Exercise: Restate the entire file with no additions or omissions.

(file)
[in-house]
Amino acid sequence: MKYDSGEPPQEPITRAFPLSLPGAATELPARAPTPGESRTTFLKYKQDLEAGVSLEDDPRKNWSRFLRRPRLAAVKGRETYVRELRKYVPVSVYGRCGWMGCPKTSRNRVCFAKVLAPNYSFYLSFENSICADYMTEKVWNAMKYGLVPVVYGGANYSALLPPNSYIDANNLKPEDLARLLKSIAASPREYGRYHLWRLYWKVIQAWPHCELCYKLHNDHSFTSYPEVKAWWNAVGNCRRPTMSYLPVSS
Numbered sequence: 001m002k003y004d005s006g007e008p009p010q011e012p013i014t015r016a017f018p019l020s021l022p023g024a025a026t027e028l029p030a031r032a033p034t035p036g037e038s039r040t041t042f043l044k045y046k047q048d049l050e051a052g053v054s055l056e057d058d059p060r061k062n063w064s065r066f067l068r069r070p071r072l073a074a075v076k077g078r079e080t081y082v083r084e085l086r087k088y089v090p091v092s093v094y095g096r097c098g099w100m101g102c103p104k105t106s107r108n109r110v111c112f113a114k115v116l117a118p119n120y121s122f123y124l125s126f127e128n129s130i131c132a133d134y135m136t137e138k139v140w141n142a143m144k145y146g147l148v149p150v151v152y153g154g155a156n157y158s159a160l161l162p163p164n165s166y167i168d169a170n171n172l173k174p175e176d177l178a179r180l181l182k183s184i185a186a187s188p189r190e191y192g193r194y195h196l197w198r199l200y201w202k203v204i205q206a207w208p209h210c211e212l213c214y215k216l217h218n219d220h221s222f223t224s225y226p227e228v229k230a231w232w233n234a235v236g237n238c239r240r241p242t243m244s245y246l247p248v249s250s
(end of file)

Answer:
[in-house]
Amino acid sequence: MKYDSGEPPQEPITRAFPLSLPGAATELPARAPTPGESRTTFLKYKQDLEAGVSLEDDPRKNWSRFLRRPRLAAVKGRETYVRELRKYVPVSVYGRCGWMGCPKTSRNRVCFAKVLAPNYSFYLSFENSICADYMTEKVWNAMKYGLVPVVYGGANYSALLPPNSYIDANNLKPEDLARLLKSIAASPREYGRYHLWRLYWKVIQAWPHCELCYKLHNDHSFTSYPEVKAWWNAVGNCRRPTMSYLPVSS
Numbered sequence: 001m002k003y004d005s006g007e008p009p010q011e012p013i014t015r016a017f018p019l020s021l022p023g024a025a026t027e028l029p030a031r032a033p034t035p036g037e038s039r040t041t042f043l044k045y046k047q048d049l050e051a052g053v054s055l056e057d058d059p060r061k062n063w064s065r066f067l068r069r070p071r072l073a074a075v076k077g078r079e080t081y082v083r084e085l086r087k088y089v090p091v092s093v094y095g096r097c098g099w100m101g102c103p104k105t106s107r108n109r110v111c112f113a114k115v116l117a118p119n120y121s122f123y124l125s126f127e128n129s130i131c132a133d134y135m136t137e138k139v140w141n142a143m144k145y146g147l148v149p150v151v152y153g154g155a156n157y158s159a160l161l162p163p164n165s166y167i168d169a170n171n172l173k174p175e176d177l178a179r180l181l182k183s184i185a186a187s188p189r190e191y192g193r194y195h196l197w198r199l200y201w202k203v204i205q206a207w208p209h210c211e212l213c214y215k216l217h218n219d220h221s222f223t224s225y226p227e228v229k230a231w232w233n234a235v236g237n238c239r240r241p242t243m244s245y246l247p248v249s250s